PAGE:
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Media : Mexico Tries to Rein In Payoffs to Journalists : Many reporters rely on regular embute payments from agencies they cover. New rules would curb the practice.


MEXICO CITY — Like the proverbial husband who proclaims he has stopped beating his wife, the Mexican government has called for a halt to official corruption of the news media without actually confessing to the crime.

By issuing new guidelines for its relationship with the press, the government has taken an important first step in recognizing a decades-old problem of bribes and payoffs to the media, political observers and independent journalists say.

Yet many are skeptical about official intentions to follow through with the reforms, and others say the new rules don't go far enough.

In December, spokesmen for President Carlos Salinas de Gortari announced an end to the government's longstanding practice of paying the expenses of journalists who accompany the president on trips abroad. Officials say they plan soon to make reporters pay their own way on national trips too.

Also, the 1993 budgets of government press or "social communication" offices were cut by about 50%, in part to stop the common practice of paying journalists. Many low-paid reporters accept what is known as the embute or package--under-the-table payment from the officials or agencies that they cover.

The government did not explicitly ban the giving or receiving of such payments but instead said that any payment by a government official to a reporter or newspaper must be made by check in exchange for a receipt that explains what services were rendered. The payments must be declared as income.

In theory, this will stop illicit payments. While many reporters readily accept bribes to augment their income, few are presumably willing to leave a written record of having done so. Some of Mexico's most experienced reporters earn close to $1,800 a month, but base salary for reporters is about $425 a month; most earn something in between.

"In principle, these are changes that should have happened a long time ago and that will bring the press-state relationship up to date," said historian Lorenzo Meyer, a columnist for the Excelsior newspaper. "But I'm not sure they're real. Between the government's discourse and action, there has always been a gulf."

El Financiero columnist Miguel Angel Granados Chapa is even more doubtful.

"These are epidermal answers to a deeper problem. It is good if the payments to reporters stop, but that is not the most important part of the sick relationship. There is still the relationship between the owners of the media and the government, their dependence on government advertising, their shared political and economic interests," Granados Chapa said.

He added that many reporters will continue to serve as advertising agents for their newspapers, selling ads to the agencies they cover for a commission. Many of those paid ads appear as if they were news stories, often on the front page.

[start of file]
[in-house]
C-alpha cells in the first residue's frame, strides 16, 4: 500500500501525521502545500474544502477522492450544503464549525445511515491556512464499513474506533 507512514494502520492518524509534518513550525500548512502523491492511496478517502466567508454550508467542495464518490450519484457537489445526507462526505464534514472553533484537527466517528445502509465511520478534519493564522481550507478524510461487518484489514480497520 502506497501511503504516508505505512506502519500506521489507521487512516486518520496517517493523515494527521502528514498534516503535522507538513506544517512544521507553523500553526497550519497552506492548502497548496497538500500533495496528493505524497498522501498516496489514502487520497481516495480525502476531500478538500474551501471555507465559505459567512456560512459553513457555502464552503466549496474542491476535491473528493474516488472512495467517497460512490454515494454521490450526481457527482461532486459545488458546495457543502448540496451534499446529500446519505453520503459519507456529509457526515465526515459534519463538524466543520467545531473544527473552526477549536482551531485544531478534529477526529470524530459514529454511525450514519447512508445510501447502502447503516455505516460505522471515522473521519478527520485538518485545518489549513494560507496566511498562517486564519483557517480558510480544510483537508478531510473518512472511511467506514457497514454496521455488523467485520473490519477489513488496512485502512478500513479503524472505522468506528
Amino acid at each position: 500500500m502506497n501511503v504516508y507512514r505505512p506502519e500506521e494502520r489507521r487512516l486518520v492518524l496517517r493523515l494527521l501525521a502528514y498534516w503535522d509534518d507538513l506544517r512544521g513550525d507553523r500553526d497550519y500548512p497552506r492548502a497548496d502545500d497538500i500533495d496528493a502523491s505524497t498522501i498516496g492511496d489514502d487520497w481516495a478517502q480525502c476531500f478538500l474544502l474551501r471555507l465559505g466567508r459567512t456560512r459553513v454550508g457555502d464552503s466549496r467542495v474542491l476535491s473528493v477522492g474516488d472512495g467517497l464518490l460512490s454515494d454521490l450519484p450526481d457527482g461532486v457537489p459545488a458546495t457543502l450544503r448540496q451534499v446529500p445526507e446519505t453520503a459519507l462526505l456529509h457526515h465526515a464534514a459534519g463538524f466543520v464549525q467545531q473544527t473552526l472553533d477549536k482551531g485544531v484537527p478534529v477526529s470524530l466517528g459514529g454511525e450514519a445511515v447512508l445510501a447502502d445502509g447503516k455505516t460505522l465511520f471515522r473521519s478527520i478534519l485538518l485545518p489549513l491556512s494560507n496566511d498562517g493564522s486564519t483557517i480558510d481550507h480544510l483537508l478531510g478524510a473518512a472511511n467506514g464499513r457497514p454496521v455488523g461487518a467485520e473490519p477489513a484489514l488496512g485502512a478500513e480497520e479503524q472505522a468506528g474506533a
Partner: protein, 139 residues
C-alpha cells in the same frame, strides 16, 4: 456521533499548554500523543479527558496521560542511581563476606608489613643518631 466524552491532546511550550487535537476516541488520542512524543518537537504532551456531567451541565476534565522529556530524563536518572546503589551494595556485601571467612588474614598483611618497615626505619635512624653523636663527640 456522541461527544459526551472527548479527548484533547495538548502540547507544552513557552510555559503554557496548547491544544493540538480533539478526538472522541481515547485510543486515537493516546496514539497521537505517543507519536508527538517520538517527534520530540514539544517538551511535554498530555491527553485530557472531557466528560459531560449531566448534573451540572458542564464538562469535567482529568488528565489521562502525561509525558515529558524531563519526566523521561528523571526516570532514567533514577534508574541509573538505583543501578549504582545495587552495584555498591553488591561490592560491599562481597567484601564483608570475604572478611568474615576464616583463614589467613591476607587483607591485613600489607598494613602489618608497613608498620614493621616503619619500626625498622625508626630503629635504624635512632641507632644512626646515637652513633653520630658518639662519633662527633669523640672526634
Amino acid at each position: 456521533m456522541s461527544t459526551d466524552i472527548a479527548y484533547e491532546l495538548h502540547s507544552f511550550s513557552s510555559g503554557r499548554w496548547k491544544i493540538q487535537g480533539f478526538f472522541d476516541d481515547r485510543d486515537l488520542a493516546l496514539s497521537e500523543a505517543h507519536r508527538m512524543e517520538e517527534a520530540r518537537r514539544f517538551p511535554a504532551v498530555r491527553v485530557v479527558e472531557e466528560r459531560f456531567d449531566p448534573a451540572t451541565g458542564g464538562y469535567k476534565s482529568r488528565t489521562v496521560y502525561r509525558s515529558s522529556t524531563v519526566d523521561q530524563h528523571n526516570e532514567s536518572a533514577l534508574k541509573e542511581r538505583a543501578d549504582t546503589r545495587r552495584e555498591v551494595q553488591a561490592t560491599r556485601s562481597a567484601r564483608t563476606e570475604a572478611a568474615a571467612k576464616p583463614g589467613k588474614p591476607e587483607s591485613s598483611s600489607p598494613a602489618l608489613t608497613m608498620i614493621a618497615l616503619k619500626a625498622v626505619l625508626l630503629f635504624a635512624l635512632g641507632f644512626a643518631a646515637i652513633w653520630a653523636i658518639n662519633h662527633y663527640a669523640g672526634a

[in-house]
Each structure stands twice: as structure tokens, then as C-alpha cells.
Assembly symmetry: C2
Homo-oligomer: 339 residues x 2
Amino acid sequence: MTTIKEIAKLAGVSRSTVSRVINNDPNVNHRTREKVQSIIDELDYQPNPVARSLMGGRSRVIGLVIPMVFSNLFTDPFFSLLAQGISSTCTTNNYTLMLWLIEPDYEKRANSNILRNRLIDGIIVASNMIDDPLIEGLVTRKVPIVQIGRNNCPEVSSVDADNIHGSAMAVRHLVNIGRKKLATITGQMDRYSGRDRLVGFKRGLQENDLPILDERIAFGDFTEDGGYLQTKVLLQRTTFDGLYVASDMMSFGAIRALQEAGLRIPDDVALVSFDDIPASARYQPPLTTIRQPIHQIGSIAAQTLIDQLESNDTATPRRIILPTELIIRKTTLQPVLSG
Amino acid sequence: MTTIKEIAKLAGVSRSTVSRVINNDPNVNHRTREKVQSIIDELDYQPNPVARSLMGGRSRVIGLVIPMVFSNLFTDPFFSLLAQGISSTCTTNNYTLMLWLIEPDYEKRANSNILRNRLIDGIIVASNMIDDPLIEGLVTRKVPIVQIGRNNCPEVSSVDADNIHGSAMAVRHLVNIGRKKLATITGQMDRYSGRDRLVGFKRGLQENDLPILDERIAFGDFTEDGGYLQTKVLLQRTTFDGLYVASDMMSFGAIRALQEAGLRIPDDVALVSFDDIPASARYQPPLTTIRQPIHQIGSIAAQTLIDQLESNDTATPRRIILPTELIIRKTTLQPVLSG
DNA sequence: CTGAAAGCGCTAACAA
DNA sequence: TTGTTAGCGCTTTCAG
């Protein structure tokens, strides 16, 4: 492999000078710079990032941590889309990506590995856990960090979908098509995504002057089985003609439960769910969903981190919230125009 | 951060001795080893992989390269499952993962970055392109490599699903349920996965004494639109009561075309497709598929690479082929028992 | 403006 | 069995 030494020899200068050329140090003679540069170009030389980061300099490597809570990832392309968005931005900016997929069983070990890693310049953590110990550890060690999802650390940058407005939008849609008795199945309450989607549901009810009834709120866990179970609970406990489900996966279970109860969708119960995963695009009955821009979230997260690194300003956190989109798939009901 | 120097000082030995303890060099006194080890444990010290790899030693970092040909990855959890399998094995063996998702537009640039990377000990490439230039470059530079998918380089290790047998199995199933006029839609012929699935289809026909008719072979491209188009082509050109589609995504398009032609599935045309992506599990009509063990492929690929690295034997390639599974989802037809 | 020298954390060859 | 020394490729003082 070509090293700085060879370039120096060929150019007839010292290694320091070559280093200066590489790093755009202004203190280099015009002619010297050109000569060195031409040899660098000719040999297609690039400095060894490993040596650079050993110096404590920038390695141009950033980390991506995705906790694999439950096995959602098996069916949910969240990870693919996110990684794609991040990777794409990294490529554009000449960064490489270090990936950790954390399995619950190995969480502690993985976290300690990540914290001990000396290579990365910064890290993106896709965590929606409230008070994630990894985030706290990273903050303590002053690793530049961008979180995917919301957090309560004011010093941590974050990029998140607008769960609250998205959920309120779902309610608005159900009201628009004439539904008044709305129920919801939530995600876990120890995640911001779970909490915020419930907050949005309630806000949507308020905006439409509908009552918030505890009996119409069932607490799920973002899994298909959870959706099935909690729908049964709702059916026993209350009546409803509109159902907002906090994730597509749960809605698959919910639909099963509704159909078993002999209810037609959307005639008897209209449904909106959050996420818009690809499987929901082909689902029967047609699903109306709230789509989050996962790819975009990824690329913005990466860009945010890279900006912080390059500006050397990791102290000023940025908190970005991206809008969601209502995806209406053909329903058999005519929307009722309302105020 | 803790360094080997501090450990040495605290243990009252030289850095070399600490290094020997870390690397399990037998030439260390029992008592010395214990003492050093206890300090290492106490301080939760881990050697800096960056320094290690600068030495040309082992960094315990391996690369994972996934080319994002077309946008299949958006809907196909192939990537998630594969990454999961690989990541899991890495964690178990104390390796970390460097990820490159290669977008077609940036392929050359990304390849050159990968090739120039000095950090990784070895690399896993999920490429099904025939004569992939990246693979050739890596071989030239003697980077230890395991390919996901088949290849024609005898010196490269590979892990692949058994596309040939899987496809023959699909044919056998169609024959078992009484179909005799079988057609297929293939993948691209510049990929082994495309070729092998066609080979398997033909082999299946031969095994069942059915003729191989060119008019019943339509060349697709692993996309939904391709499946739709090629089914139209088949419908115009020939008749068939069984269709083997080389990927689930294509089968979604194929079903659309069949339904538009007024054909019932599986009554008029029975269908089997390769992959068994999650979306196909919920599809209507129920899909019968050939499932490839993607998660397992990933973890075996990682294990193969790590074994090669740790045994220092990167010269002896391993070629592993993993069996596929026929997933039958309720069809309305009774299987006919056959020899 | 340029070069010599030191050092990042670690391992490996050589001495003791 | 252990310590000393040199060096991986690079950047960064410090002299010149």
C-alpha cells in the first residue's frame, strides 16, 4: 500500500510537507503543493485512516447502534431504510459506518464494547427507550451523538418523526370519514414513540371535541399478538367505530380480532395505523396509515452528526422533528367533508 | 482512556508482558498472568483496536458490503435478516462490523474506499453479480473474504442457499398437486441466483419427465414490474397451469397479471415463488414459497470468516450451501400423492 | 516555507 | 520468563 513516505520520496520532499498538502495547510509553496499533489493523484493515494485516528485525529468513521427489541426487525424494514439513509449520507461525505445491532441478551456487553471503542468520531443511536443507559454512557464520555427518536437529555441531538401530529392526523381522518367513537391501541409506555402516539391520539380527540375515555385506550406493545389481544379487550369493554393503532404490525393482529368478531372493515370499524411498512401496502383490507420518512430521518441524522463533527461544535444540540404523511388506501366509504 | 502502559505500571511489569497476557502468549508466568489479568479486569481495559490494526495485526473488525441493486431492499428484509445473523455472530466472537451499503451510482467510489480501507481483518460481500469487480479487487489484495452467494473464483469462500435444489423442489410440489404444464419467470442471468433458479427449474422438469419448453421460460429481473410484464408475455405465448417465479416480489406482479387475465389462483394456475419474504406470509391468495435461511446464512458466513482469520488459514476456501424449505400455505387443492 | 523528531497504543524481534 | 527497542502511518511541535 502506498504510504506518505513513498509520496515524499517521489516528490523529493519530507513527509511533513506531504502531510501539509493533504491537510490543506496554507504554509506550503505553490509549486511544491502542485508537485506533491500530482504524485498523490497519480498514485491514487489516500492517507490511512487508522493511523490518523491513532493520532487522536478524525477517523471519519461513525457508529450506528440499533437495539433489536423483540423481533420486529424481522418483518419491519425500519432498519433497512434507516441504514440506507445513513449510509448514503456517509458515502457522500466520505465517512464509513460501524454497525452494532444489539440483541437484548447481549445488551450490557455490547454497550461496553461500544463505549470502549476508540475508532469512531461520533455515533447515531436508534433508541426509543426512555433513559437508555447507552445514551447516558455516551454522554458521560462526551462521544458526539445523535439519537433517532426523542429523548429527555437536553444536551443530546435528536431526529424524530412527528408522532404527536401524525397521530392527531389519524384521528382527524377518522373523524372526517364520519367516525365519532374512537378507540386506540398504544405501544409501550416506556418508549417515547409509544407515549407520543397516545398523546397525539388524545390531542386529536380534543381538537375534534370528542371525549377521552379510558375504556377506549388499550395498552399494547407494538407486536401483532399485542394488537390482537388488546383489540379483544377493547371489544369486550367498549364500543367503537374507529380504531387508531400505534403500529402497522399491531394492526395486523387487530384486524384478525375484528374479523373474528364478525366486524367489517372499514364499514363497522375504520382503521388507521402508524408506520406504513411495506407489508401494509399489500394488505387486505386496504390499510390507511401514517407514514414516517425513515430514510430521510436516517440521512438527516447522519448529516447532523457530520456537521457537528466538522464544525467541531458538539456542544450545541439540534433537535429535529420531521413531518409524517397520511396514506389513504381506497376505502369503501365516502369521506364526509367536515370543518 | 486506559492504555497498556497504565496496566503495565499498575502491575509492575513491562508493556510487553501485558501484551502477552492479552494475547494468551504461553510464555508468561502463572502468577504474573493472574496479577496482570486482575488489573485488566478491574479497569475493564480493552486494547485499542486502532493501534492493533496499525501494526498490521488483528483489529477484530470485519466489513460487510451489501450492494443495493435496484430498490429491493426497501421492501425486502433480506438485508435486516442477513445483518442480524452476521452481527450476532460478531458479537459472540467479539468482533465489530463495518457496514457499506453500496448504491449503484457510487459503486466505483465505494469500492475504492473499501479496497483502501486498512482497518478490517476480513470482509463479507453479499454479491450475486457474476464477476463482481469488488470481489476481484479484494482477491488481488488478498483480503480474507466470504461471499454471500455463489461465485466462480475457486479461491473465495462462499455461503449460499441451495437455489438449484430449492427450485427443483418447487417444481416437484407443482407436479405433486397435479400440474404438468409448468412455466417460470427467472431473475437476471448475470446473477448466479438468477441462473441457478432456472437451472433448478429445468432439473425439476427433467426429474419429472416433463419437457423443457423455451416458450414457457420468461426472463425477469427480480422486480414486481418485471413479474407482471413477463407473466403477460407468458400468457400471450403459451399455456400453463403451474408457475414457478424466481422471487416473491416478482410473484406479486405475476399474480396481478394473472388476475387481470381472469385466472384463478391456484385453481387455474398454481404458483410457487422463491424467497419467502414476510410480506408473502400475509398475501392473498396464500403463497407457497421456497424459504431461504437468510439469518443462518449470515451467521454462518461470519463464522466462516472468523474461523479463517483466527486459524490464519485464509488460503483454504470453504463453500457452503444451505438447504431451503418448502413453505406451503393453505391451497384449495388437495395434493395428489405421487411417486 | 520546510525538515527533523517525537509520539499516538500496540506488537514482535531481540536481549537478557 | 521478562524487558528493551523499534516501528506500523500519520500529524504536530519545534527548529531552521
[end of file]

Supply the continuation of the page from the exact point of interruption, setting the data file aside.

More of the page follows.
"The reporters make a lot more money in advertising than in embutes ," he said.

The Mexican government, in the hands of the Institutional Revolutionary Party for more than 60 years, has long viewed control of the media as an important element in the country's political stability. The payment of reporters' travel expenses plus a cash "allowance" reportedly became commonplace under President Miguel Aleman in the 1940s.

The media were largely obedient until 1968 when, under the direction of Julio Sherer Garcia, Excelsior broke ranks and reported the army's massacre of student demonstrators at Tlaltelolco Plaza on the eve of the Mexico City Summer Olympics.

In the early 1970s, Sherer was critical of President Luis Echeverria Alvarez, who eventually orchestrated the journalist's ouster from the paper. Sherer founded the weekly newsmagazine Proceso that today leads a still small but growing corps of newspapers and magazines breaking away from government control.

In Mexico City, that corps includes the dailies El Financiero and La Jornada, the weeklies Mira and Este Pais. Now, in a move sure to shake up Mexican journalism even more, the independent Monterrey newspaper, El Norte, has announced a partnership with Dow Jones, publisher of The Wall Street Journal, to start up a new Mexico City daily. Some political observers believe the government's new media guidelines are an effort to get in front of a change that is inevitable and claim credit for democratic reforms. They say the government is spending a lot of money to control a few papers, while others print what they want.

Others journalists and observers say Salinas is attempting cosmetic changes to improve the public's opinion of the press and enhance the legitimacy of what is printed in newspapers before the next presidential campaign, which will begins at year's end. They note that the restrictions on government press officers do not apply to the ruling party, called PRI, which reportedly spends liberally on advertising, press trips and payoffs during campaigns.

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